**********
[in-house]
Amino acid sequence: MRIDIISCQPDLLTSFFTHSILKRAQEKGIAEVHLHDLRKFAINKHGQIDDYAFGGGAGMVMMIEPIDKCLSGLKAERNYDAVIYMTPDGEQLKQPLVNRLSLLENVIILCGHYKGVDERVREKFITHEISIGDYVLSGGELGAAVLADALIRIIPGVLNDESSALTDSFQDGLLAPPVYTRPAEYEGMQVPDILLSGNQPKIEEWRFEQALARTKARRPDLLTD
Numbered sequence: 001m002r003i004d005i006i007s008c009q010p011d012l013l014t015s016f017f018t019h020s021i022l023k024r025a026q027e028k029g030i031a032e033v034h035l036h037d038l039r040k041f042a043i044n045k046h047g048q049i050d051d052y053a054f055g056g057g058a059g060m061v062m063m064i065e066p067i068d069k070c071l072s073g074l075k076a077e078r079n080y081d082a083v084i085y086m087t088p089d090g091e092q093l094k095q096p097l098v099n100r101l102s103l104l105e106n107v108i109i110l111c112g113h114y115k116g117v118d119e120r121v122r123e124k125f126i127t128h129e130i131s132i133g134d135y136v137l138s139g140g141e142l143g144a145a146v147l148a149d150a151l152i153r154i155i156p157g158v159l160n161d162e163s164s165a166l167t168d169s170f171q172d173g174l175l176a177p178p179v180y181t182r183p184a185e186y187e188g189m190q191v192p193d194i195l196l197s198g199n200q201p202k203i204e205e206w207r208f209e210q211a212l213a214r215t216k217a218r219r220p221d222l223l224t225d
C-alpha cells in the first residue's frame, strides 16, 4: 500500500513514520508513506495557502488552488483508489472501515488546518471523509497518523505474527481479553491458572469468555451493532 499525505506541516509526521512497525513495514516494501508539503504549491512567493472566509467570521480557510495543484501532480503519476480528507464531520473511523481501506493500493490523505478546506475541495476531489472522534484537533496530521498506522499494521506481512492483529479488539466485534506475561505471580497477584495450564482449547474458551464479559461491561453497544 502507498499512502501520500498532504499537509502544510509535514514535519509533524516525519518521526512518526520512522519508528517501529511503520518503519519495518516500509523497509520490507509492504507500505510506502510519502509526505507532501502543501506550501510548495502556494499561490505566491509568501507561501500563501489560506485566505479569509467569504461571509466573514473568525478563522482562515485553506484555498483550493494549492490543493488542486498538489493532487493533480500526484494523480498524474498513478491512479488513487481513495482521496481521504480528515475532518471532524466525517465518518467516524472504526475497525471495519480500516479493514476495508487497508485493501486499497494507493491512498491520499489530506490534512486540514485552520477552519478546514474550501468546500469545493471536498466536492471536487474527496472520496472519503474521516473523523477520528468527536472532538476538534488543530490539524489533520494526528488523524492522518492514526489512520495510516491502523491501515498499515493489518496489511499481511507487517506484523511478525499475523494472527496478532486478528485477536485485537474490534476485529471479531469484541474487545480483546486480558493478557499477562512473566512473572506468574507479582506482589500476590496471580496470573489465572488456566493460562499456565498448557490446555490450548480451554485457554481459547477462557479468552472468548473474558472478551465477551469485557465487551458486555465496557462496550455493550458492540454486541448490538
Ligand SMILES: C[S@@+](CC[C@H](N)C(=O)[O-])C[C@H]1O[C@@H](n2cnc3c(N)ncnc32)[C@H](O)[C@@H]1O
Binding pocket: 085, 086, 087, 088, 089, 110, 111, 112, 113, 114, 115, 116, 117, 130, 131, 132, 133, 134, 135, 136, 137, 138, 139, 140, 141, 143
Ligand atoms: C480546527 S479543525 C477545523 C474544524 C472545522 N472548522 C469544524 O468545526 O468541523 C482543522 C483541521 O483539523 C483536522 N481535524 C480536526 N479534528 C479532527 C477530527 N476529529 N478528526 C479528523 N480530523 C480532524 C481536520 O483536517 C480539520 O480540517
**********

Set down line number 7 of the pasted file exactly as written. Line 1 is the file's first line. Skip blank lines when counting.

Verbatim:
Ligand atoms: C480546527 S479543525 C477545523 C474544524 C472545522 N472548522 C469544524 O468545526 O468541523 C482543522 C483541521 O483539523 C483536522 N481535524 C480536526 N479534528 C479532527 C477530527 N476529529 N478528526 C479528523 N480530523 C480532524 C481536520 O483536517 C480539520 O480540517